Monterey Bay Aquarium Research Institute
Information Systems
Using FTP URLs (Document Hyperlinks)

Email messages or web pages can contain clickable links to FTP documents or folders. These links look a lot like the web addresses that you're familiar with except that the http prefix is replaced with the letters ftp. An example of a FTP hyperlink for MBARI's server would be where folder and file will vary, reflecting the location and name of the particular file. If your email client or browser is correctly configured, clicking on the link will start up the file transfer (if a single file is specified) or open up either a browser or GUI based FTP client (if an FTP folder is specified).

The purpose of this page is to give you some basic hints on how to configure some of the common applications in use today to utilize FTP links properly. It is not meant to be an exhaustive support guide nor is it meant to replace your own support resources. We hope that these hints help you with the configuration of your mail and web browser. If you still have problems we will give you some hints on how to interpret FTP links and retrieve the file using a standard FTP client.

Internet Explorer

If you use Microsoft's Internet Explorer as a web browser and it doesn't correctly process FTP URL's, make sure that the option settings are set correctly. Go to Tools->Internet Options and click on the Advanced tab. Make sure that the box next to Enable folder view for FTP sites is checked.

Locate Link Browser Window


The first time that you click an FTP hyperlink in an email message, Outlook will open up a file browser window similar to the one below. (This may also happen if the program that Outlook has associated with FTP hyperlinks cannot be opened for some reason.)

Locate Link Browser Window

Use this window to find the browser that you want to associate with FTP hyperlinks. If your primary web browser is Microsoft's Internet Explorer, you can find this in c:\Program Files\Internet Explorer\iexplore.exe. If your primary browser is Mozilla's Firefox, you can find this in c:\Program Files\Mozilla Firefox\firefox.exe. If you wish to use a dedicated FTP client to handle FTP links, navigate to that program's executable file.

Mozilla Thunderbird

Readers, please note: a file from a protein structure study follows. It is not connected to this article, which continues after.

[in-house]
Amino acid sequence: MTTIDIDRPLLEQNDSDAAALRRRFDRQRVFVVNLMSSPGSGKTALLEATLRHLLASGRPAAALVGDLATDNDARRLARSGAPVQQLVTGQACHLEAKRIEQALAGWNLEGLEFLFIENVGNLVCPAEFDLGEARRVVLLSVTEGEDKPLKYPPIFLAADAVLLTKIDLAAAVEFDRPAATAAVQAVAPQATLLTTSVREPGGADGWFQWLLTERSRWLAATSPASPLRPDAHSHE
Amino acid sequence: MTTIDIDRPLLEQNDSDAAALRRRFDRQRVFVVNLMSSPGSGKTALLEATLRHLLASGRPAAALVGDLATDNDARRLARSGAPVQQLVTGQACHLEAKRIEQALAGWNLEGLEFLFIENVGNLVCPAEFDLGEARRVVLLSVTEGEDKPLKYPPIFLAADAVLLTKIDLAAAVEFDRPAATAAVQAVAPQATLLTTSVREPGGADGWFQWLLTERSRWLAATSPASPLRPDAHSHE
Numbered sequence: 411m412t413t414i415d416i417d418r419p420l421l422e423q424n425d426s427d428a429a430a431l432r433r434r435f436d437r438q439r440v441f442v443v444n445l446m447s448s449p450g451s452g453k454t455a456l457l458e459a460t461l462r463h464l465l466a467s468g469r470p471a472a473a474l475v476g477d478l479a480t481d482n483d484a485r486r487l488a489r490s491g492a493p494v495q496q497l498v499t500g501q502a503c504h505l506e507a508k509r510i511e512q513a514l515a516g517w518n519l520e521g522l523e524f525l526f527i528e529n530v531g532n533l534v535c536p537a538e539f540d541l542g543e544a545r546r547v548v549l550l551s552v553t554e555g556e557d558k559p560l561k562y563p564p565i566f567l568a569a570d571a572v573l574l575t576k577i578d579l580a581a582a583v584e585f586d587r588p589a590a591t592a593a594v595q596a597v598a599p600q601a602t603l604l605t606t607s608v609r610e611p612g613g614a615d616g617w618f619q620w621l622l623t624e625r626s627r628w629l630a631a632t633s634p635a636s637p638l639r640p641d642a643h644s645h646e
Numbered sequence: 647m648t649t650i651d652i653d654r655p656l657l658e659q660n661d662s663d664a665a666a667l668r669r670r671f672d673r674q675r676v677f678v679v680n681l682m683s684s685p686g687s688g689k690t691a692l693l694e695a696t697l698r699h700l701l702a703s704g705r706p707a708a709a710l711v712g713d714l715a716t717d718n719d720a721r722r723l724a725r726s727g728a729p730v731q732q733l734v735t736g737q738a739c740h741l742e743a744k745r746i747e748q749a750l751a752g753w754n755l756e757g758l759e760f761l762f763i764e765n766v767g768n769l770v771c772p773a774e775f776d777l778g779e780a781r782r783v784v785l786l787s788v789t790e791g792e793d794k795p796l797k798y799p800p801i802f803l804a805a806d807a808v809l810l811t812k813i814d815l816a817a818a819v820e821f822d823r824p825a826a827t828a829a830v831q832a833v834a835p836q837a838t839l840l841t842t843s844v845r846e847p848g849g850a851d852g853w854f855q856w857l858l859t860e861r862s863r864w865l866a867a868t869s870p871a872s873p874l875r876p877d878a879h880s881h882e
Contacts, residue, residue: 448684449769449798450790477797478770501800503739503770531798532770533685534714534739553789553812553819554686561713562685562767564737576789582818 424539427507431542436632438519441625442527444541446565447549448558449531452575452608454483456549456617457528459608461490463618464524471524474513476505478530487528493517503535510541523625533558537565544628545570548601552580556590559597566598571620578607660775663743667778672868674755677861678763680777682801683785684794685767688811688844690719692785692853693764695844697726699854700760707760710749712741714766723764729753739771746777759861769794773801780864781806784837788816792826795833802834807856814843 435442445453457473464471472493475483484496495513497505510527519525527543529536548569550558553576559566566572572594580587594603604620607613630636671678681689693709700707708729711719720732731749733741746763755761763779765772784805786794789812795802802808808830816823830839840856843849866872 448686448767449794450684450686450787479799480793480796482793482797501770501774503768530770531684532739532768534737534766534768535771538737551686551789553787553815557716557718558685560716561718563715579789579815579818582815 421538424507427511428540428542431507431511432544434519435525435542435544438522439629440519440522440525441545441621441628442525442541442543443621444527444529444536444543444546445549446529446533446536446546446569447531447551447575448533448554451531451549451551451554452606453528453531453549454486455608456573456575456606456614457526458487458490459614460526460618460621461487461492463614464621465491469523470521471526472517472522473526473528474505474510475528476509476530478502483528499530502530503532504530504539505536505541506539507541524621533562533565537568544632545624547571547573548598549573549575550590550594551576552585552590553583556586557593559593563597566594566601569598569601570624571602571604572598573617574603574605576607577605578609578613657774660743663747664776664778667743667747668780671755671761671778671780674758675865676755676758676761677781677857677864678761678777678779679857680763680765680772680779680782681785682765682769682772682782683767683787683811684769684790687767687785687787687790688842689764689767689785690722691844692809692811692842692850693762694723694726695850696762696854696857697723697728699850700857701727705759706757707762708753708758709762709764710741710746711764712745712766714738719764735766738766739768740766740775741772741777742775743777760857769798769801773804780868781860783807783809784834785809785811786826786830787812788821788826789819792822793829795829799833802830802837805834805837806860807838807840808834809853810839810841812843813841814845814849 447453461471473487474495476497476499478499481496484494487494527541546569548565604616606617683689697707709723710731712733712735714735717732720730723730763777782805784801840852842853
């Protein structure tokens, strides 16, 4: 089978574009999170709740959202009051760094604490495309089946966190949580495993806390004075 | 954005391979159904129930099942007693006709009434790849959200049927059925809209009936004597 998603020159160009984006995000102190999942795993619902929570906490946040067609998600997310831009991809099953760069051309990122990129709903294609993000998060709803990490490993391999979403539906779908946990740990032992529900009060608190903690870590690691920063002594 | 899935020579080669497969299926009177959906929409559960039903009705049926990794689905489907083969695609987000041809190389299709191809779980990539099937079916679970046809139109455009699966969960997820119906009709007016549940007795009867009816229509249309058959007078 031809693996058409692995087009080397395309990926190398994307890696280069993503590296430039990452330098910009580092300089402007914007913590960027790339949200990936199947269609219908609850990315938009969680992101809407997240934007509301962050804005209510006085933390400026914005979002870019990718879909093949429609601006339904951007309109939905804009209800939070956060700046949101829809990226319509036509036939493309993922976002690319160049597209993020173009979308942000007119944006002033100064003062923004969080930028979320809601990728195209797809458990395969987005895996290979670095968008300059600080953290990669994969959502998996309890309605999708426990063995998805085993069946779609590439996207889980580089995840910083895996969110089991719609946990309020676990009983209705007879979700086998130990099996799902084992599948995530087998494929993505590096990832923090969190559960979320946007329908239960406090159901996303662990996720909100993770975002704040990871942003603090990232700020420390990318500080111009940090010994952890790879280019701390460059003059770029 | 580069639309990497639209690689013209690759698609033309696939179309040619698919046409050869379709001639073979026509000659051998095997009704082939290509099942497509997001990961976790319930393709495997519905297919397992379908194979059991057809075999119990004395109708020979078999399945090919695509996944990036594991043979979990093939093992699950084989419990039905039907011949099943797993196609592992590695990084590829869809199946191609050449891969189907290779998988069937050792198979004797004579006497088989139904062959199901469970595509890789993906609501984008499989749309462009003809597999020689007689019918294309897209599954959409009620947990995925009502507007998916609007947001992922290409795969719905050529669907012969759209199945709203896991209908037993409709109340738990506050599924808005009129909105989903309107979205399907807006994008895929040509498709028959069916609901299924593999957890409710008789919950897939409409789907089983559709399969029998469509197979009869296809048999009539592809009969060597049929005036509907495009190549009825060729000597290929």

There appears to be a problem with Thunderbird on the Windows platform which prevents it from opening the browser when you click on an FTP hyperlink in an email message. If this is the case, simply start up your default web browser and then click on the link.

Using a Standard FTP Client

In the event clicking on an FTP link in your mail program or web browser does not allow you to access the FTP resource, try using a dedicated graphical (GUI) FTP client. More information on graphical clients may be found on the main ftp page. Once you have a GUI client running, here's how to interpret an FTP URL and navigate to the file using such a client:

Let's say you receive an email with the following hyperlink:

The first bit, ftp://, indicates that this is an FTP URL. The portion following the pair of slashes up to the next slash,, is the server name. The remaining portion of the URL is the path to the file or folder, with slashes delimiting each folder name in the path. In this example, /pub/data/2005, indicates the folder hierarchy and 20050612.dat is the name of the file to be transferred.

If you needed to manually navigate to that file using a GUI FTP client, you would follow these steps:

  1. Start your FTP client and connect to the server using anonymous access.

  2. Change Directory to pub.

  3. Change Directory to data.

  4. Change Directory to 2005.

  5. Retrieve the file 20050612.dat.

Tip: Some GUI FTP clients have "smart paste" features, where you can copy an FTP URL (from an e-mail message, for example) and paste it into the connection window of the FTP client. The client will interpret the URL and go straight to the file or folder in question.

Last updated: Feb. 05, 2009